• Anthony

            Something for you and this is your most recent comment to attach: https://www.janus.com/bill-gross-investment-outlook

          • FriendlyGoat

            Funny thing——that population growth in places like India, China and the Middle East——AND—–population slow down in places like Europe, Japan and USA, each seem to have their downsides at the same time. It’s possible to make cases for criticizing both at once, no?

          • Anthony

            Yes, more or less if I understand you to mean demographic change brings both upside and downside considerations. Still, the Janus article for me brings into focus the incredible indebtedness as it relates to worldwide and U.S. growth (not to mention the ascribed demographic effect). All an all, both avoiding issues referenced and pushing proverbial can down the road will neither serve country nor Americans well.

          • FriendlyGoat

            Well, we can follow the high-end tax cut recommendations of Donald Trump or Ted Cruz or Ben Carson and increase the concentration of wealth at the high end while cutting the spending which funds millions of jobs—–or——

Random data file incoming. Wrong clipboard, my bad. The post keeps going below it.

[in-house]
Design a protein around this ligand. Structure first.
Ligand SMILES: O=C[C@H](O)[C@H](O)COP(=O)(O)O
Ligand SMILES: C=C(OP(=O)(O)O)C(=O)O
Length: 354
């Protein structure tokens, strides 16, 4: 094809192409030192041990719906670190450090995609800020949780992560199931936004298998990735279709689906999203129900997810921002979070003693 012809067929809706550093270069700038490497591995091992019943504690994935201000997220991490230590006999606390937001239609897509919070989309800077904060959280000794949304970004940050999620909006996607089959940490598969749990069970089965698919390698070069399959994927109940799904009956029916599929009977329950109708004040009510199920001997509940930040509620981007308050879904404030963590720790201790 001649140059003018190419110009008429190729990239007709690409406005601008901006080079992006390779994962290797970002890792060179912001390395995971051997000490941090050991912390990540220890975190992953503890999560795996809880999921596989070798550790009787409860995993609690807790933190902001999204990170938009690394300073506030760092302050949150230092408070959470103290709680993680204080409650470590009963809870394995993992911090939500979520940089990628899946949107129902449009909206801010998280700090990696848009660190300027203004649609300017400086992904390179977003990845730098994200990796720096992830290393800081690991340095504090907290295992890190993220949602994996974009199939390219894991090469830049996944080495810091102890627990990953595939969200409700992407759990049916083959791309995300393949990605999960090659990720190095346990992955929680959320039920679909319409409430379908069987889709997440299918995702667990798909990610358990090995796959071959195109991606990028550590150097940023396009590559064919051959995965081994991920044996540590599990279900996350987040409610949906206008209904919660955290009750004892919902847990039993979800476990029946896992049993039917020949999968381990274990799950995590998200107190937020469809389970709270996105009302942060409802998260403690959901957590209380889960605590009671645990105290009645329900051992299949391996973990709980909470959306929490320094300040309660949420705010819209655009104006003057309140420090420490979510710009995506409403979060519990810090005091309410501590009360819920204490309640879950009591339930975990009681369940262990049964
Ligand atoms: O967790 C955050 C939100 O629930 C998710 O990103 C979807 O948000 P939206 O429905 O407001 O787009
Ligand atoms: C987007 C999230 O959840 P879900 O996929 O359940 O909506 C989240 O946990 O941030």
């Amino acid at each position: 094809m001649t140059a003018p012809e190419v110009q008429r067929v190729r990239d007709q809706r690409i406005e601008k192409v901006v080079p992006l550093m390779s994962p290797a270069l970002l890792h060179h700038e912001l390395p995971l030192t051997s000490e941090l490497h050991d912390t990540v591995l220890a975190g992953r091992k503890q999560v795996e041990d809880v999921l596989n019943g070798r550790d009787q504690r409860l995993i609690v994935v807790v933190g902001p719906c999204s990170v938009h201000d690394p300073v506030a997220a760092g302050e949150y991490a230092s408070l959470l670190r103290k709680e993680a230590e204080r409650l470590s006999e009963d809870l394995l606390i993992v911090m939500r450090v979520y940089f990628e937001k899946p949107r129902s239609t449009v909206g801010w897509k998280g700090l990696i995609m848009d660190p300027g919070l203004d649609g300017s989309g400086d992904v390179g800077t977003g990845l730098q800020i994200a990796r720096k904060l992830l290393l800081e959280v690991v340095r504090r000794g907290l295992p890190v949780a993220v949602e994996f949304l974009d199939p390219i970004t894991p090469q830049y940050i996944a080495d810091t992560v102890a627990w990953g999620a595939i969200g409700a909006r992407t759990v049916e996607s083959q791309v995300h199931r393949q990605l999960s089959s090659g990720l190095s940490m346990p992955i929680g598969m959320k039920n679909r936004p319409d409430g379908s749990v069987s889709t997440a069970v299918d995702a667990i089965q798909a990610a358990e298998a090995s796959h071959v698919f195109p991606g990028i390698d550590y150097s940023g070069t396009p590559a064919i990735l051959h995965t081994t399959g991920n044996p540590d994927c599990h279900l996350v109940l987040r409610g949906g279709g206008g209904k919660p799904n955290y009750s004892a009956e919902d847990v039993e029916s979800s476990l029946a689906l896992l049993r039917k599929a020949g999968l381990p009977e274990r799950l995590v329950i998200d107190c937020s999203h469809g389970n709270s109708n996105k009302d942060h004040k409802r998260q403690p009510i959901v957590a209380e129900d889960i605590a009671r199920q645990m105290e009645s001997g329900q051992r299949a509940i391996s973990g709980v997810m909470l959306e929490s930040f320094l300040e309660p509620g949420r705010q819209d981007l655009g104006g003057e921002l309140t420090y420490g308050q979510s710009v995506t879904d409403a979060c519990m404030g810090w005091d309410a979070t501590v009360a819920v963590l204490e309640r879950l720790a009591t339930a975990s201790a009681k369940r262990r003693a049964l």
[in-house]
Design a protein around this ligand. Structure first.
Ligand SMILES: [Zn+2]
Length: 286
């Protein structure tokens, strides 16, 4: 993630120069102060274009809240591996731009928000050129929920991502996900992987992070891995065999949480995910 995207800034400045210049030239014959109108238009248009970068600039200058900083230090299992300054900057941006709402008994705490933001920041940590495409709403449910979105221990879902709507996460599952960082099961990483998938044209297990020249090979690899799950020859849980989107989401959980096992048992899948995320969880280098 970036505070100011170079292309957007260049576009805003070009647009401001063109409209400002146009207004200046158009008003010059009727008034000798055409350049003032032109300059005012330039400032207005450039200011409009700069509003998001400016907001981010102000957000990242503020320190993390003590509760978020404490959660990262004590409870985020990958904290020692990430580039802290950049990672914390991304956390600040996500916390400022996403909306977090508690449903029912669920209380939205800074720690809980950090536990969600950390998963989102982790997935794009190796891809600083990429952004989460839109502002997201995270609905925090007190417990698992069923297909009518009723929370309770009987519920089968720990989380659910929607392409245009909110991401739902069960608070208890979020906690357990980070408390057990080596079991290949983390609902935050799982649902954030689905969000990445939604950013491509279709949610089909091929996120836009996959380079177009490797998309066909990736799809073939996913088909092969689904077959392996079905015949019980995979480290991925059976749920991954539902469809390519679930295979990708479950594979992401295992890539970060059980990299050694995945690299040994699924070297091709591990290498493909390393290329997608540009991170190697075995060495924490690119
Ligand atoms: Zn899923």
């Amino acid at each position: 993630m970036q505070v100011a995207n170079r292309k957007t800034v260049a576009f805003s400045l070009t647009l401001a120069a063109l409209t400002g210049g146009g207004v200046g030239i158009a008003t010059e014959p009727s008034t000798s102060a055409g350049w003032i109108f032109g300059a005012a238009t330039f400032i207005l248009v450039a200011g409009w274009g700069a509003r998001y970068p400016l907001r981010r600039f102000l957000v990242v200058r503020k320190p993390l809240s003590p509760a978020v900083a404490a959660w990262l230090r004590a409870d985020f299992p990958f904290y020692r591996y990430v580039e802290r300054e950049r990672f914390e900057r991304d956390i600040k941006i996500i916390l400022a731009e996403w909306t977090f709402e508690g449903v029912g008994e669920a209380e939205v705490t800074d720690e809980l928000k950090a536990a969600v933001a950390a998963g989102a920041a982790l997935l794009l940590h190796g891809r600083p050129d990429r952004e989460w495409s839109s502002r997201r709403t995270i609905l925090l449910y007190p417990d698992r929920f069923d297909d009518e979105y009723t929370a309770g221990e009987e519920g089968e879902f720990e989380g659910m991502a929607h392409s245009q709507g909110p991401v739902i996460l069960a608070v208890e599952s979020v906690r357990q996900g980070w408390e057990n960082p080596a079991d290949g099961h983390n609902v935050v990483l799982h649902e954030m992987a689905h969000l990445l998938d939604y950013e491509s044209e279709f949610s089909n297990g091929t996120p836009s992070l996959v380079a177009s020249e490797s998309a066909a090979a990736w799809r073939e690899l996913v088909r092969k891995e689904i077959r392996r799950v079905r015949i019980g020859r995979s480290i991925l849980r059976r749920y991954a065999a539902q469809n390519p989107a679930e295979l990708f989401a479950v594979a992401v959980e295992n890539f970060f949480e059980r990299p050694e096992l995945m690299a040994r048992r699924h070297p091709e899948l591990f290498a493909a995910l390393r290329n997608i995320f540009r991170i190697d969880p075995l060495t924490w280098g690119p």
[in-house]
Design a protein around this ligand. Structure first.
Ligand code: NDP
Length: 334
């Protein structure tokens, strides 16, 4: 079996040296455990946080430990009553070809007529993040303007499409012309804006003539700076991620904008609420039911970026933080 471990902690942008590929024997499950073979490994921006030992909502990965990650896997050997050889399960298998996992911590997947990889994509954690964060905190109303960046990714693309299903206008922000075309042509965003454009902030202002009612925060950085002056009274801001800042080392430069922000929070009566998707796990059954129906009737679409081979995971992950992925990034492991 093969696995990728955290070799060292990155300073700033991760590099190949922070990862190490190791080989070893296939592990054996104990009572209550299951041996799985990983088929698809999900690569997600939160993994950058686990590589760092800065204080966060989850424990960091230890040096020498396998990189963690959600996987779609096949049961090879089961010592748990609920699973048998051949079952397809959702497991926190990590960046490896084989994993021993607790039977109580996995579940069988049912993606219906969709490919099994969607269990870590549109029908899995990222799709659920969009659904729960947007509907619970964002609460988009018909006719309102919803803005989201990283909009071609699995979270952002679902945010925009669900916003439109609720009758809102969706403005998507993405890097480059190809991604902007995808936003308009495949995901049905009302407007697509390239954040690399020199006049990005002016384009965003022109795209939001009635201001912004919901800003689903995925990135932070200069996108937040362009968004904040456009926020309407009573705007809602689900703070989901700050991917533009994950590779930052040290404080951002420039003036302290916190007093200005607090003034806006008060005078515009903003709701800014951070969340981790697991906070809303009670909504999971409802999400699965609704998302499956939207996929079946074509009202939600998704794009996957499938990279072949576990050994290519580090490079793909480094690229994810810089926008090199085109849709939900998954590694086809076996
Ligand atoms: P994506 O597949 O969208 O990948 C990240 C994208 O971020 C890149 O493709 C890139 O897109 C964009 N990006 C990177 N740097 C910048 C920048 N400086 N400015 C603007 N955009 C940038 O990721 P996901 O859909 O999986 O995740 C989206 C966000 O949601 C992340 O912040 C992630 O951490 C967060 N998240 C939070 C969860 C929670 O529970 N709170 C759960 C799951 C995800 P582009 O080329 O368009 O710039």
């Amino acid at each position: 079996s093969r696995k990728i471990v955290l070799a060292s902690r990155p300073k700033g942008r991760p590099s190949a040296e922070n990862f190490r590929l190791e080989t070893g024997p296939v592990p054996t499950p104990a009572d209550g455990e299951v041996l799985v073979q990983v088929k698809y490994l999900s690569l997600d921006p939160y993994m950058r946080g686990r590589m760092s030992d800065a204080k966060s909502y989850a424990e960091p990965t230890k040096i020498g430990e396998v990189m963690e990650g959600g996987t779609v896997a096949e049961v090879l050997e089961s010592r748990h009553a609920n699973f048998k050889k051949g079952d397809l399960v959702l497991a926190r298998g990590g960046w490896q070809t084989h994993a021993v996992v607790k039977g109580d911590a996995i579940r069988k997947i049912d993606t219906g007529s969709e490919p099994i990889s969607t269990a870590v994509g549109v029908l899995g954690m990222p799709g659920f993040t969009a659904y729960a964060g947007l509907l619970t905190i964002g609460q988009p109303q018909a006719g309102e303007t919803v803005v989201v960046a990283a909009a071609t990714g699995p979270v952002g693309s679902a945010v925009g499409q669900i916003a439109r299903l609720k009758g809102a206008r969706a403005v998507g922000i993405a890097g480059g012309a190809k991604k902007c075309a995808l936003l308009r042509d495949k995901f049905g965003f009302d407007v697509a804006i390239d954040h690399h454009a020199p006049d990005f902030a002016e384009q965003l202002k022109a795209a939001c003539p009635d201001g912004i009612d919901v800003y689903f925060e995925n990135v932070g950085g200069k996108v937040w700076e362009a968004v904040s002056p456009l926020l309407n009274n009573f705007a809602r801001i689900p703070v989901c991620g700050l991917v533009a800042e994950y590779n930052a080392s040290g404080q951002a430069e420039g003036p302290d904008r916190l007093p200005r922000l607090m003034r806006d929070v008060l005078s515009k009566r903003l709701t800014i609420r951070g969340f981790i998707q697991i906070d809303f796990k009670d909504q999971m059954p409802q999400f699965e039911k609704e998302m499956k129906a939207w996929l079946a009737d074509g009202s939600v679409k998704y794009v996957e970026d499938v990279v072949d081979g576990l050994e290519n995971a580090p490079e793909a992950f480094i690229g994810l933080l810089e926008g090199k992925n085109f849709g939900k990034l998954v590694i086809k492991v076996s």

I’m not trying to be sarcastic with you, but seriously, the people who claim to know the most about economics—-the folks on the “fiscal responsibility right” —–seem to never have any other theme in mind. I seriously don’t “get it” as to how that actually is projected to work.

            If we decided to stop “kicking the can”, WHAT does that mean?

          • Anthony

            FG, I’m in no way endorsing a right of center fiscal proposal Instead, I am highlighting issues that are (in my opinion) germane to our long-term prosperity (personally, I will be affected minimally if at all) and ought to not be hostage to our polarized politics. That ,FG, is the kicking of proverbial can ….

          • FriendlyGoat

            I know what kicking the can down the road means. What I don’t know is what is meant by any idea of “stopping” kicking the can down the road. There is really not much possibility of anything other than either living with “right of center” ideas or stopping those via politics and doing little to nothing else. Compared to letting the GOP write the rules, kicking the can is preferable.